“Excellent time management skills” are a requisite included in almost every job posting nowadays. Many corporate firms calculate an employee’s productivity by comparing the number of hours an employee has worked to the percentage of work the employee has completed. Yet this measure doesn’t consider if an employee who was supposed to be working during this time, was actually working.
Crystal Harold, associate professor of human resource management at the Fox School, and her co-authors define what constitutes time theft and identify motives that employees use to justify time theft in their research paper, “Employee time theft: Conceptualization, measure development, and validation.”
Harold shared that even though time theft is common and quite costly to organizations, it hasn’t received much research attention.
To understand how employees rationalize time theft, the team gathered data about 3,000 employees across nine different studies. They focused their attention primarily on hourly wage earners. “The time of salaried workers is not accounted for the same way it is accounted for hourly workers,” Harold explains. “For hourly employees, their time is accounted for in a strict monetary sense.”
Through their research, Harold and her colleagues discovered a disconnect between how researchers and the popular press talked about time theft. When researchers studied time theft, they focused on behaviors like daydreaming or socializing with one’s peers. Managers and popular press outlets, however, were most concerned with hours fraud, as in the manipulation of timesheets or time tracking systems to pad one’s hours.
Harold explains, “I wanted academics to have a more holistic understanding as to what time theft is so that we could provide better advice to managers on how to prevent it.”
To get a more comprehensive idea, the research team started by asking hourly employees to describe instances where they engaged in time theft. Harold and her colleagues classified their responses into five themes: falsifying work hours, taking excessive (or unsanctioned) breaks, excessive socialization, manipulating work speed and working on non-work activities. One participant, for instance, described asking their coworkers to clock them in on a day they were running late, to make it look like they arrived to work on time. Another participant described running personal errands on company time.
Harold and her coauthors used these behavioral incidences to develop and validate a measure to assess time theft. They then turned their attention to examining why employees might engage in time theft in the first place. The researchers found that time theft was most likely to occur in response to pay (dis)satisfaction, a desire to retaliate against one’s supervisor, boredom and not having enough role clarity.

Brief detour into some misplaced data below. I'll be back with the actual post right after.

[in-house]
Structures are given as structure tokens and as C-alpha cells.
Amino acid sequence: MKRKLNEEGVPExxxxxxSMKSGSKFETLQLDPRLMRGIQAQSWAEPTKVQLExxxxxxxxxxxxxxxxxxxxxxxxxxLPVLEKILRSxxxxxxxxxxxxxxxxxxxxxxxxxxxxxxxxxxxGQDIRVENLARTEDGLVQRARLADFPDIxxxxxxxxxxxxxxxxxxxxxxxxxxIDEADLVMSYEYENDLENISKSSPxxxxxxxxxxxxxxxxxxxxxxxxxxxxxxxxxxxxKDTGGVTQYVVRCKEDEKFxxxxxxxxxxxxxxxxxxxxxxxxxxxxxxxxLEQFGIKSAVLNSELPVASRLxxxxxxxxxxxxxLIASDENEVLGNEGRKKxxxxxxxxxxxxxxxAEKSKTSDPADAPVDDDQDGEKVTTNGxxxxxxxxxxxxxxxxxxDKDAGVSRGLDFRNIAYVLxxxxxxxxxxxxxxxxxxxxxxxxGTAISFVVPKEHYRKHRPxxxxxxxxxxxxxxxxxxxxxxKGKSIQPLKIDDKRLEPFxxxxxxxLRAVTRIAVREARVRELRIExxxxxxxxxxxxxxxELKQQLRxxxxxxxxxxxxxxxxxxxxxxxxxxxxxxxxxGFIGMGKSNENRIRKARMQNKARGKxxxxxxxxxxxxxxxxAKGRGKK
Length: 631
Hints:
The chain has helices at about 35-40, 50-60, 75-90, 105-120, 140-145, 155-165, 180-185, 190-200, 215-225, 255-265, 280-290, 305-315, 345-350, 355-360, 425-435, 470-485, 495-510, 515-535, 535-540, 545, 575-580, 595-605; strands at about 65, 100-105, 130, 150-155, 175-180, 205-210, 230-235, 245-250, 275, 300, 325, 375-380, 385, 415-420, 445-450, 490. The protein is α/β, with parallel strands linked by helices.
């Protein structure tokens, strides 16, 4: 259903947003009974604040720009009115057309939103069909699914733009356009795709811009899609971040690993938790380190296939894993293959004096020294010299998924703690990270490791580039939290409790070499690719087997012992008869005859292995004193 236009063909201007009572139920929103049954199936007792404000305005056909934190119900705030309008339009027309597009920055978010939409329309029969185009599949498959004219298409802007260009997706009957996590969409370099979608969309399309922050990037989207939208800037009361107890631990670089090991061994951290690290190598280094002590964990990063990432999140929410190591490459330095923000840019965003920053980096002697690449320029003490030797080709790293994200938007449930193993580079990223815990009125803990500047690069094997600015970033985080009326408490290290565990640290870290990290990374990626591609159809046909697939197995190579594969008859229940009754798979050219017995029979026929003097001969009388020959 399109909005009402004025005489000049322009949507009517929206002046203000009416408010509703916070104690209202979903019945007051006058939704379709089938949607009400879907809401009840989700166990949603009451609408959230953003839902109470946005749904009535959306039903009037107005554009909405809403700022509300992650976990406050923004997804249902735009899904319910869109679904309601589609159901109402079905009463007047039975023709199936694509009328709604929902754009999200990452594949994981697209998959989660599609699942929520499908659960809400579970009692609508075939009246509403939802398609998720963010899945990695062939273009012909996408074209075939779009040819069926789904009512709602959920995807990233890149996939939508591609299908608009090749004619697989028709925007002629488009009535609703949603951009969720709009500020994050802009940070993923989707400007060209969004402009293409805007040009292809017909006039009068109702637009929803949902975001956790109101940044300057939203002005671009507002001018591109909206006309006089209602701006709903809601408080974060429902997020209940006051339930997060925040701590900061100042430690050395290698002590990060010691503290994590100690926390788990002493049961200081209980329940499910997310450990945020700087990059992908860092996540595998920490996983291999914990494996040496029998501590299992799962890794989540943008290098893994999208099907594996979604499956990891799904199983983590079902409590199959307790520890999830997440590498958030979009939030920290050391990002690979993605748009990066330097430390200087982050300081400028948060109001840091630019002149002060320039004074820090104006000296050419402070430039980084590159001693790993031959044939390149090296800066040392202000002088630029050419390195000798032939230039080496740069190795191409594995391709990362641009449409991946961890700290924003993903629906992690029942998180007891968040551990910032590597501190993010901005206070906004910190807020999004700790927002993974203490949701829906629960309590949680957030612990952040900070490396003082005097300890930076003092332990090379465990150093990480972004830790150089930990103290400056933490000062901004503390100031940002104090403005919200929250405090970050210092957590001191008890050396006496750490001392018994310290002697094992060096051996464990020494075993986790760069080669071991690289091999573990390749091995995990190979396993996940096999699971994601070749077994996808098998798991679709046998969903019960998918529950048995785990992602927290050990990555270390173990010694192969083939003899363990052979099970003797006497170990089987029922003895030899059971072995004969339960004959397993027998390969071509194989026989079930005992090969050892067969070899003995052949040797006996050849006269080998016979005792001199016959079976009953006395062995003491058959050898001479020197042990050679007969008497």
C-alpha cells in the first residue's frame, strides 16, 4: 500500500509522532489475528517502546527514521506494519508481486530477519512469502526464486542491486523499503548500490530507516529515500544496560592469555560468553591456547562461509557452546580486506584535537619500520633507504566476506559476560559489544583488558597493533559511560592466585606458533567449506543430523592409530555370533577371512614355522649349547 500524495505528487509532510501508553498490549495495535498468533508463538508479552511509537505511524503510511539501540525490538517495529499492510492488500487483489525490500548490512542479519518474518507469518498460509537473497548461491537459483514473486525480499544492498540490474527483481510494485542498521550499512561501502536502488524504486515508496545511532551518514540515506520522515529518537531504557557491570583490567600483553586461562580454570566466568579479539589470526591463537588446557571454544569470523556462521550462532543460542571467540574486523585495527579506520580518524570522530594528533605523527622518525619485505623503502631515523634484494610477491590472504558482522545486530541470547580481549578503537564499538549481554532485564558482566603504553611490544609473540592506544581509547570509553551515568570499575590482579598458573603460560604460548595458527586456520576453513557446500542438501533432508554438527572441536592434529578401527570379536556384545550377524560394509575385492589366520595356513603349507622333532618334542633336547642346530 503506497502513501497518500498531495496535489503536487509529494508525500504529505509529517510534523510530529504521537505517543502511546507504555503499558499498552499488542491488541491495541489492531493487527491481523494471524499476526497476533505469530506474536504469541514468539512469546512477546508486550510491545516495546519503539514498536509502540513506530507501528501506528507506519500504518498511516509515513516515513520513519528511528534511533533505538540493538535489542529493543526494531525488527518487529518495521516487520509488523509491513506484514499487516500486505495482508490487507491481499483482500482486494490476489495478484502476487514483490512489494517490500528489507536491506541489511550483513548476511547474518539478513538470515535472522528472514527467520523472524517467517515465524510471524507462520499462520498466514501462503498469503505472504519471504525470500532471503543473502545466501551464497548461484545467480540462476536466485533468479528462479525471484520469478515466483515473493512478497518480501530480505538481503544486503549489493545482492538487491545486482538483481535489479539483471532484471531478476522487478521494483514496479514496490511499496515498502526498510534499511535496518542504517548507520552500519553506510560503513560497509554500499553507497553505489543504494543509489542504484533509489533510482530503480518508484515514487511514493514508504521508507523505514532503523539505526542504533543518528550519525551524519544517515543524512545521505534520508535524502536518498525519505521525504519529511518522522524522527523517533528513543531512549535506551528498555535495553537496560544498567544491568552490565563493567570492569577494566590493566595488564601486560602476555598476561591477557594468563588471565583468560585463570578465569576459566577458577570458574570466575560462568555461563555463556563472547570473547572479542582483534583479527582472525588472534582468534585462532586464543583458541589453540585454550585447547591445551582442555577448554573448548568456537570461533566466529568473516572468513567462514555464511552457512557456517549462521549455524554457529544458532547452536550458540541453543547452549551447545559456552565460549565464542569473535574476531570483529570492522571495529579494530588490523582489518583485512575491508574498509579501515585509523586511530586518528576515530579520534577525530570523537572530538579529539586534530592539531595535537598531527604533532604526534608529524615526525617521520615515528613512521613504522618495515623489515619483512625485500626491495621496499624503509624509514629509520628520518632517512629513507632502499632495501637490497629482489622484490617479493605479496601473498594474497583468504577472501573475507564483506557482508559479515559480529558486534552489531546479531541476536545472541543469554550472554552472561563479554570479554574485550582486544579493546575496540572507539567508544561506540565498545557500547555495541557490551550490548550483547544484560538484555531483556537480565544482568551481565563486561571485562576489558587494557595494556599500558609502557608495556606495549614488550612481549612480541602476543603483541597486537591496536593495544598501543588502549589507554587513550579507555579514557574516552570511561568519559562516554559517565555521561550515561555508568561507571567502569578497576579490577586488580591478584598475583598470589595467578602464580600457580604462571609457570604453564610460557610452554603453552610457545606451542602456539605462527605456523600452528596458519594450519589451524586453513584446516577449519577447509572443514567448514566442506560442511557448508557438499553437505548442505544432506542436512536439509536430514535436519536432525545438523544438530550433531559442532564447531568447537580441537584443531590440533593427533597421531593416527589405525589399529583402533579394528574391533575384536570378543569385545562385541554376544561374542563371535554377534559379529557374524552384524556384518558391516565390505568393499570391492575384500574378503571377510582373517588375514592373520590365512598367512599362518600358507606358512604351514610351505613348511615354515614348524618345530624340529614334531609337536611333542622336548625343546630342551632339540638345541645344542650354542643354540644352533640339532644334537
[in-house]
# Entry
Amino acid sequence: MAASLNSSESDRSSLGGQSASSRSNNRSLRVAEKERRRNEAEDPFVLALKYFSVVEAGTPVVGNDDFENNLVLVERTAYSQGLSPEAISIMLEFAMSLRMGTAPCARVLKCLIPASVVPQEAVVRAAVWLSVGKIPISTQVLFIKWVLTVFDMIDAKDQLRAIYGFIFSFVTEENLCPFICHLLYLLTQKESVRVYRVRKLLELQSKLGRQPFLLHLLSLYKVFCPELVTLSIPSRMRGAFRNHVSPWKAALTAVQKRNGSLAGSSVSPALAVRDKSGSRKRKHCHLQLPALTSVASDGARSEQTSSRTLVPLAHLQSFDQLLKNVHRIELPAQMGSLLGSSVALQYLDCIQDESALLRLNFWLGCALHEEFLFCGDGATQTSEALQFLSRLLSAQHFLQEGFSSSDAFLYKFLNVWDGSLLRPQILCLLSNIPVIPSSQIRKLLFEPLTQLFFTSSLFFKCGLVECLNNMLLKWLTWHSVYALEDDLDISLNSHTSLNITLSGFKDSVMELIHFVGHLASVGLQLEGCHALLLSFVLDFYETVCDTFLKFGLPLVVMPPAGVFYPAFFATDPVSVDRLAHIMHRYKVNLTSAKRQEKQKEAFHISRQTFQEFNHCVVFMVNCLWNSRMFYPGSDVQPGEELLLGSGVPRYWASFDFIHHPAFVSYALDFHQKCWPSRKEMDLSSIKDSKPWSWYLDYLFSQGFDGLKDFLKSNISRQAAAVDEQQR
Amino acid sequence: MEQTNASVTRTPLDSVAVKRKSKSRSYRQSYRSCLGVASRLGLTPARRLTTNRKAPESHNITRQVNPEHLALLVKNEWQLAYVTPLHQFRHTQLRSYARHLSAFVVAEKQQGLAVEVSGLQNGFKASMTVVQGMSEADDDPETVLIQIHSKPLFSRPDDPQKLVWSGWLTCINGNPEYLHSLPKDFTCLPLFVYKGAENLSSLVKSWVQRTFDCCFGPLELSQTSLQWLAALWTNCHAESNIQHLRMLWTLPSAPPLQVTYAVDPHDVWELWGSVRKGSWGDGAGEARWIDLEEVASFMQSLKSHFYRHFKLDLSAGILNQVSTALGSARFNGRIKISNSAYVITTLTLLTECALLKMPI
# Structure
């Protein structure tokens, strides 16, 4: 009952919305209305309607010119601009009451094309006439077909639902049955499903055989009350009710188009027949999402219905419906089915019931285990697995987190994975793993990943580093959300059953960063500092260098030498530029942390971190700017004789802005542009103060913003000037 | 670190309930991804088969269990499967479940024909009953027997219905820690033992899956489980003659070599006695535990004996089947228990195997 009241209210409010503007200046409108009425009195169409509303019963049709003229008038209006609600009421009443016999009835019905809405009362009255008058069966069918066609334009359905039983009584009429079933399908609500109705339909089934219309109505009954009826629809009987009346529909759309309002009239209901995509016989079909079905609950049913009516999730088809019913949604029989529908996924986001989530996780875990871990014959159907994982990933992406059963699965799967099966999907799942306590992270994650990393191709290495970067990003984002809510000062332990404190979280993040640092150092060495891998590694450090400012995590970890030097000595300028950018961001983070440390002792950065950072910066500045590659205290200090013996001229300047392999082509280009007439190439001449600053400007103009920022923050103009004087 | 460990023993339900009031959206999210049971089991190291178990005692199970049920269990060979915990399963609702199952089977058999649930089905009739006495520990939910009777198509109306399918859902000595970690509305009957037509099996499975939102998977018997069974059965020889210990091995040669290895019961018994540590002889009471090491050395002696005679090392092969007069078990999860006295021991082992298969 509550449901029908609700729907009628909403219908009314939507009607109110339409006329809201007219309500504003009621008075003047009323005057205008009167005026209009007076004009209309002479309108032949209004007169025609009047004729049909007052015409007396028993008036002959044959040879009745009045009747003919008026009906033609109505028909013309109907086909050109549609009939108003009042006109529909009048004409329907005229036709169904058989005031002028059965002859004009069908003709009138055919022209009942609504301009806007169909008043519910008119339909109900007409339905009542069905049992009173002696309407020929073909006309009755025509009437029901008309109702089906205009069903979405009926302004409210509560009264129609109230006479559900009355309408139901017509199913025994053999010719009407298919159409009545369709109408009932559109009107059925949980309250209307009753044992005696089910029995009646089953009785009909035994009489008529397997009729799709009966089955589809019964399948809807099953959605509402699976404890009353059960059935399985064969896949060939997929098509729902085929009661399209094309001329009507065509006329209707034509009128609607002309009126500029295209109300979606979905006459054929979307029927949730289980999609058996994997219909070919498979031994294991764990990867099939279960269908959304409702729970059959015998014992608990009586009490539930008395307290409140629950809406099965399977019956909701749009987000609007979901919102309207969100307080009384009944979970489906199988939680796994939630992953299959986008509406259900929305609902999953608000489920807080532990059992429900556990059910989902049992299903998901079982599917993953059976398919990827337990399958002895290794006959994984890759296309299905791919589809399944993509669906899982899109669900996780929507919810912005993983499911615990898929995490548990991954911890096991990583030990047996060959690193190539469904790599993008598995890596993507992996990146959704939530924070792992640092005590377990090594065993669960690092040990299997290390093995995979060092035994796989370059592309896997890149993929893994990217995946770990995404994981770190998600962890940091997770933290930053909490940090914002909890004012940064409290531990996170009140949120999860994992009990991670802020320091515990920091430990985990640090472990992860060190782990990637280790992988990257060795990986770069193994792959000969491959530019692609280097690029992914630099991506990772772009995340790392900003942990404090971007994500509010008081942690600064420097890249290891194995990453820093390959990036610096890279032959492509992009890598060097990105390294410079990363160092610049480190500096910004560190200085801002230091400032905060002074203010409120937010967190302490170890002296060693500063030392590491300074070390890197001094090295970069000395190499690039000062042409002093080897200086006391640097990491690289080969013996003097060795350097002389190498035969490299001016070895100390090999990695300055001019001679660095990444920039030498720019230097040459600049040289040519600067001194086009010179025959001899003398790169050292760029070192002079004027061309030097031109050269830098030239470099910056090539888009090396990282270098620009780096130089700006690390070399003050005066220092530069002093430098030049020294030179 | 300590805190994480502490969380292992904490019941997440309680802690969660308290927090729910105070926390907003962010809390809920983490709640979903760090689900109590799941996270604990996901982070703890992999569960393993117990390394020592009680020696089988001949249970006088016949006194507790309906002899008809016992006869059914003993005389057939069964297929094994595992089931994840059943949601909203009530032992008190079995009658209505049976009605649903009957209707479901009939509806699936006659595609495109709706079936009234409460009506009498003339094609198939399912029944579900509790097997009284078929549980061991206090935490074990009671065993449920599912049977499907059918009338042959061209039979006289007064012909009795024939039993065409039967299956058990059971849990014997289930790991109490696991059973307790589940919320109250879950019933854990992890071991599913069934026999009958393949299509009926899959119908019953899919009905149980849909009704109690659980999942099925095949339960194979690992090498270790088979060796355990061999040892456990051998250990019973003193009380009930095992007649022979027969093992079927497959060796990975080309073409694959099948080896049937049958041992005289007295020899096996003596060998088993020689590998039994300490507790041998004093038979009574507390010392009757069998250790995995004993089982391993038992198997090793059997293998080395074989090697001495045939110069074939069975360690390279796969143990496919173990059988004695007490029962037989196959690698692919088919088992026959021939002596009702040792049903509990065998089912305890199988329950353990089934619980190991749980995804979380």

On the role of pay satisfaction, Harold elaborates, “If an employee feels he is underpaid, he rationalizes time theft by convincing himself that it’s okay because he’s actually being cheated by the organization.”
While employees are central in understanding how and why time theft takes place in workplaces, Harold and her team do not want all the onus to fall on the employees. She believes that in many instances employers overwork their employees or create environments where time theft is more likely to occur.
To combat time theft, Harold advises that employers can take certain actions that can minimize this behavior.
“Making jobs more meaningful, helping employees identify with their work, understanding that what they’re doing is important for the organization and paying people what they should be paid are all important steps,” says Harold. “Fair treatment leads to satisfied employees, which in turn should decrease the motivation to engage in time theft.”
In the wake of the COVID-19 pandemic, organizations have been using time monitoring software with increasing frequency, to monitor their employees’ time use. However, Harold offers a caution against overly monitoring employees.
“The default response when learning about time theft may be to crack down by monitoring keystrokes or tracking employees through their laptop webcams, to make sure they are staying on task. These sorts of control systems can backfire though, and lead to a less engaged workforce.”
Harold continues, “We should take a step back from the scientific management approaches to managing employees and ask why they’re engaging in time theft in the first place. If the pay is unfair, the job isn’t meaningful and the employee is bored, addressing the root cause of time theft will do more to prevent it in the long run. Our results suggested that most companies used some form of time monitoring software, but time theft still occurred.”